desperately for his life that fall day in the tall pines of the
Arizona high country, 42-year-old Frederick Fritz had no time to
think about anything but survival. But if he had, he well might
have rued the day he decided to leave Fredericksburg
and head west.
His parents, Johann and Katherine Knopp Fritz, came to Texas
from Germany in 1853. They arrived at the old port of Indianola
and traveled by ox-drawn wagon from there to the seven-year-old
community of Fredericksburg.
The couple already had two young boys, and another daughter and
five more sons would be born in Gillespie
One of those boys was Frederick Joseph Fritz, born March 18, 1857.
Growing up, he later recalled, he never heard English spoken until
he left to work as a cowboy. While punching cattle, he learned to
talk Texan. At 16, he began following the advancing frontier in
pursuit of a livelihood.
For a time, he had a 30-mile stagecoach run out of Fort
Davis in far West Texas.
He later told his son he made his trips at night since Indians preferred
raiding during the day. From what was then Presidio
County (now Jeff
Davis County) he kept moving west.
Fritz's next stop was Tombstone, Arizona Territory. His son later
wrote that he had been there at the time of the famous OK Corral
gunfight of Oct. 26, 1881. Later, Frtiz hired on with a crew building
a railroad line from El
Paso into Mexico.
By 1884, he and a partner were trapping beaver on the San Francisco
River in eastern Arizona, not far from the New Mexico border. When
they went to Clifton to sell hides, they camped nearby on the Blue
River and the Texan liked what he saw.
After dabbling in mining for a while and working another railroad
construction job, Fritz had enough money to buy 60 head of Longhorns
in Silver City, NM. He pushed them west to the Blue River country
with a new partner, a former Army scout named Ned Wittum. Together
they started a ranch they called the XXX.
In the spring of 1885, Fritz left Wittum at the cabin they had built
and rode to Clifton for supplies. When Fritz returned, he found
that Apaches had killed him. A year later, the Army finally corralled
Geronimo, and the Arizona Territory became somewhat safer.
Ten years later, Fritz had a family, including a newly born son,
Frederick Jr. The elder Fritz enjoyed good health, ran a sizable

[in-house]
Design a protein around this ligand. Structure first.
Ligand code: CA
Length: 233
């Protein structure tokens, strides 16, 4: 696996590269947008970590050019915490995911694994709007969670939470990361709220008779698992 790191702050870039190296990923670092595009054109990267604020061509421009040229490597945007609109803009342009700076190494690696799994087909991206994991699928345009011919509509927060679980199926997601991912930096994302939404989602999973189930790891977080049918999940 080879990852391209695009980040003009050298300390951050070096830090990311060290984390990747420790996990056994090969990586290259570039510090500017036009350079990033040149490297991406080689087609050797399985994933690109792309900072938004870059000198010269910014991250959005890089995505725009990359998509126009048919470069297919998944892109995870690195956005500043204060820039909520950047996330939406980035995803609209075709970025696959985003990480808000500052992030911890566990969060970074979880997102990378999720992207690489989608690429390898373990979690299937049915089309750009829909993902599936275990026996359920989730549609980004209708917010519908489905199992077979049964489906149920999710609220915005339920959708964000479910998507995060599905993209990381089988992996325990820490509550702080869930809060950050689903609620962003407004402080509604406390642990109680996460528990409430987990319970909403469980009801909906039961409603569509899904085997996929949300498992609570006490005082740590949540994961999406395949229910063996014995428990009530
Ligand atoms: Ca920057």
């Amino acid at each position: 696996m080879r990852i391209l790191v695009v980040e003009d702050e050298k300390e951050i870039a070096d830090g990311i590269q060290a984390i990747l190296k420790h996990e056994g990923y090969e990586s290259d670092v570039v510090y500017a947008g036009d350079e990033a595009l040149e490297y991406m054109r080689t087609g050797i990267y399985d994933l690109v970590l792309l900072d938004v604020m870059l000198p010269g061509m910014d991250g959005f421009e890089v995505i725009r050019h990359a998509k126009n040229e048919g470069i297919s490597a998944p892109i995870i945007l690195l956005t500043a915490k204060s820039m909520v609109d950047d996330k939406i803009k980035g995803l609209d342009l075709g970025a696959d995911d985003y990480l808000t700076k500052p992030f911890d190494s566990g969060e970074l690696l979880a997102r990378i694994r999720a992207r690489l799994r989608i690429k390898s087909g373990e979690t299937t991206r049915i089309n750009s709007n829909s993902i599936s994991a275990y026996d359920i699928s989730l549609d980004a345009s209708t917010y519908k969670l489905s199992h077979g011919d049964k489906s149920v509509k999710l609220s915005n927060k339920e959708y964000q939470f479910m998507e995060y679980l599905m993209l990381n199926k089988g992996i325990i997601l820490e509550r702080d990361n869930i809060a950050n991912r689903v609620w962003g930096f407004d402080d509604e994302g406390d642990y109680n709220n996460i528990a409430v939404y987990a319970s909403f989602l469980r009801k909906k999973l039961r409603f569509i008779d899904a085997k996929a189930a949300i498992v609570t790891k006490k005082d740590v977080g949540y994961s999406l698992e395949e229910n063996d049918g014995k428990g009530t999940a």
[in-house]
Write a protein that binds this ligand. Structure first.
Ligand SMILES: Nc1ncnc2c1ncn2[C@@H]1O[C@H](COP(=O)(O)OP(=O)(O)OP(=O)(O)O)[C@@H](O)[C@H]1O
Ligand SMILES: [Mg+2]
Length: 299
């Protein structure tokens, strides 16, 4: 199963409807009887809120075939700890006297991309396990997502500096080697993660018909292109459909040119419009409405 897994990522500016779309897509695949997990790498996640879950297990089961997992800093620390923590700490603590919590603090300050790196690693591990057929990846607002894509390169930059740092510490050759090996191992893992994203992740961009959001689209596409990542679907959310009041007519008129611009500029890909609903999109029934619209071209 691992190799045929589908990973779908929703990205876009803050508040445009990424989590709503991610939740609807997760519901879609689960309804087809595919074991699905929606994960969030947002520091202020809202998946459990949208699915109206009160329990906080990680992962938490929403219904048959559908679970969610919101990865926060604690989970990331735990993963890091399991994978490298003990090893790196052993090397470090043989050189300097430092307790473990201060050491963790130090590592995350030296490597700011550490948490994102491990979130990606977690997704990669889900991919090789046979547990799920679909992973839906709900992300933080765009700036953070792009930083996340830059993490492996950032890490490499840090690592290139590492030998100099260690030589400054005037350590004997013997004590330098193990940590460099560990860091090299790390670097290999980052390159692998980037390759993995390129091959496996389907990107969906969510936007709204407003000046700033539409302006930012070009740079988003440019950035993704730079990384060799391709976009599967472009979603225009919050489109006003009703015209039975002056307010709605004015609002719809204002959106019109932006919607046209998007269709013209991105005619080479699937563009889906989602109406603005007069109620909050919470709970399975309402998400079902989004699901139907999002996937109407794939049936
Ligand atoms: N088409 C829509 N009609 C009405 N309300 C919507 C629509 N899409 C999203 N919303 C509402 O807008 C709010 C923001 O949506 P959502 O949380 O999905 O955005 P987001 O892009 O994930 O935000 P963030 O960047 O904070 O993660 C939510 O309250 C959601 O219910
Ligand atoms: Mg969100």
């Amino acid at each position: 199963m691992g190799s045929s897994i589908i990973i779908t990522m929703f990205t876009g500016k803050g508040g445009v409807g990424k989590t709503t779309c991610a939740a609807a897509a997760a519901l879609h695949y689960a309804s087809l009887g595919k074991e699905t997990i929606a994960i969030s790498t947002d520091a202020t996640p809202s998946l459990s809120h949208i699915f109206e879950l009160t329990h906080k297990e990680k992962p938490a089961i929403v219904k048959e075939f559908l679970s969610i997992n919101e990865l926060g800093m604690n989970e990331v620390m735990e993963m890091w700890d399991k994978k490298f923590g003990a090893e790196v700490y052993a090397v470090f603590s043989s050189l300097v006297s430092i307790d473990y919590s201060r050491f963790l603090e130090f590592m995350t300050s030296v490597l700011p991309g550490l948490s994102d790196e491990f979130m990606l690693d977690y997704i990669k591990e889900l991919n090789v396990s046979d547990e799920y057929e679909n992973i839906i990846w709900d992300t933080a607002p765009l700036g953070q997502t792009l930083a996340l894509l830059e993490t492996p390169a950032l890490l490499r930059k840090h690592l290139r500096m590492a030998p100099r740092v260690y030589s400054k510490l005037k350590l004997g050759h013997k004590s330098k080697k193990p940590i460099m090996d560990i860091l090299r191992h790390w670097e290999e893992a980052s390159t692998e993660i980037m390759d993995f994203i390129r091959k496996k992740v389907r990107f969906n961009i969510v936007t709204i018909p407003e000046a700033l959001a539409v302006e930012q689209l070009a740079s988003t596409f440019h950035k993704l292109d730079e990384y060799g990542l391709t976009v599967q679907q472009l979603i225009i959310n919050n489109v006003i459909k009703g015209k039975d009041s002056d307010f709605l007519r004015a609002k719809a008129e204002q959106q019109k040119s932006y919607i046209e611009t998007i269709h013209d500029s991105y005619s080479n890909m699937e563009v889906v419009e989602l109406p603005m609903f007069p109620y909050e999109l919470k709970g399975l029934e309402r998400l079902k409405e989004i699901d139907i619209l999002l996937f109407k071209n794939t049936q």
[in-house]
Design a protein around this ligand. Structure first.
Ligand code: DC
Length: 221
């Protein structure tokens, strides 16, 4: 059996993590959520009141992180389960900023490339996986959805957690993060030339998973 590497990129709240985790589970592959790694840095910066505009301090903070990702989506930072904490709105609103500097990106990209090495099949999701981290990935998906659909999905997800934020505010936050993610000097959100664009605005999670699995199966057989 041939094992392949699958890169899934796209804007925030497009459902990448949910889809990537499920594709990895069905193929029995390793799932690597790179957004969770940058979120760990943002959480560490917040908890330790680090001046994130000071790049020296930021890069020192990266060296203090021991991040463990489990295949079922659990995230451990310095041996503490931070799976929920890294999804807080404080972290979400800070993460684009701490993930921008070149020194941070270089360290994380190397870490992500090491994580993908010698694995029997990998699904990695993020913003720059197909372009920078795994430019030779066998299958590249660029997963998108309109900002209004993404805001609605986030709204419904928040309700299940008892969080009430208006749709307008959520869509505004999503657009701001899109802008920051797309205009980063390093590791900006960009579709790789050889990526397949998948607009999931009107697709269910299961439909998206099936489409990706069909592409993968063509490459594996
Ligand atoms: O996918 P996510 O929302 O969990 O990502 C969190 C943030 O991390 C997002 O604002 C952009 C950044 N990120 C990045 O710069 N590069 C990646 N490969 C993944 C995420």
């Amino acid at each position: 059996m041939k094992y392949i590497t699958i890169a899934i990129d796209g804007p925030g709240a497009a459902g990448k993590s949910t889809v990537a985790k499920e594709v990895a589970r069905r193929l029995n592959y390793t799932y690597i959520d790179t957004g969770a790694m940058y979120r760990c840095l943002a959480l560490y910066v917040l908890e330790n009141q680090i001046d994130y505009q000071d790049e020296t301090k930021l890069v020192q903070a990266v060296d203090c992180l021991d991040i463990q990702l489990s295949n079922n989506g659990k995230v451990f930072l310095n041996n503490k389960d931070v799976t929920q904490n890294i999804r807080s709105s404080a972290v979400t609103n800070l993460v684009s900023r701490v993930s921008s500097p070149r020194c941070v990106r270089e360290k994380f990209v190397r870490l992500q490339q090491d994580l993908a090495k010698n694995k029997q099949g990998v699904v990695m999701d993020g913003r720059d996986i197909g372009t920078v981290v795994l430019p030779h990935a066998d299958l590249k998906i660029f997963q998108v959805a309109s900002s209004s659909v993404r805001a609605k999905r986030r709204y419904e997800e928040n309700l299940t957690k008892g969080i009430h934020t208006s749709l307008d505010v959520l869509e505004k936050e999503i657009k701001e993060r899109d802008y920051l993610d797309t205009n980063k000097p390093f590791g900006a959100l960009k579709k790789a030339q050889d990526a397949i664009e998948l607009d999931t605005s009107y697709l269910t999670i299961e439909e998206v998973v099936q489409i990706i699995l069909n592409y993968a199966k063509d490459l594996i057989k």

herd and life was good. That would hold for another four years.
In September 1899, Fritz rode with his nephew Willie into Maple
Canyon, on the east side of the Blue River. For whatever reason,
the two split up and agreed to rendezvous later at a well-known
spring farther up the canyon. Fritz, astride his favorite horse
Jug, had five dogs with him. (His son later referred to them as
When Fritz reached the meeting point, the dogs started chasing a
large grizzly that had just killed a grown cow. Fritz watched as
the dogs ran the bear into thick timber and disappeared, though
he could still hear their barking and the bear's growls in the distance.
Suddenly the bear came crashing down a hillside, the pack of dogs
hot behind him.
The furious animal jumped on the back of Fritz's horse. As one of
the bear's huge paws ripped Fritz's saddle, the Texan turned and
shot the grizzly in the mouth with his .45. That would have been
enough to drop any man and most animals, but it only further enraged
The pistol shot
spooked the horse and it broke into a wild run with the grizzly
momentarily still along for the ride. The dogs, not cowed by the
giant brute, kept fighting when the bear fell off the horse.
Any time he could get a shot without hitting one of his dogs, Fritz
put another slug into the bear. But despite all the lead, it kept
up a running fight with the dogs. Fritz dismounted, tied Jug to
a tree, and ran up the canyon to join the fight with his dogs. Once
again, however, the grizzly saw things differently and came barreling
out of the timber straight toward Fritz. Thinking fast, the rancher
fell face-down, figuring the bear would just keep going since he
still had the dogs after him.
Clearly more than annoyed, the bear instead attacked Fritz, clamping
his teeth around the Texan's neck. Luckily, his first pistol shot
had broken the bear's jaw and the animal could not exert enough
pressure to rip open Fritz's throat. That gave Fritz time to put
yet another .45 bullet into the bear.
Now it was hand-to-paw. The bear repeatedly clawed Fritz, and blood
-- from man and beast -- flowed freely. Fortunately, the dogs hung
in. That distracted the grizzly enough for Fritz to break loose.
As the fur continued to fly, Fritz crawled to a nearby pine and
shimmied up into its branches.
There he stayed as the dogs bravely worried the weakening bear until
Willie arrived. When Fritz's nephew got to the meeting place, he
had seen spilled blood and ripped-up ground, and followed the trail
until he found his uncle's horse. From there, he could hear the
ongoing fight and rushed to find the badly mauled Fritz still clinging
to the tree. Using his rifle, he ended the battle.
"It was months before father could do much," Fritz Jr. later recalled.
"In fact he never fully recovered from the encounter."
Even so, he lived another 15-plus years. When Fritz died on Jan.
12, 1916, his family buried him on the XXX. Today the ranch is part
of the Apache National Forest and the transplanted Texan's lonely
mountain grave is maintained by the U.S. Forest Service.
© Mike Cox
- February 18, 2016 Column
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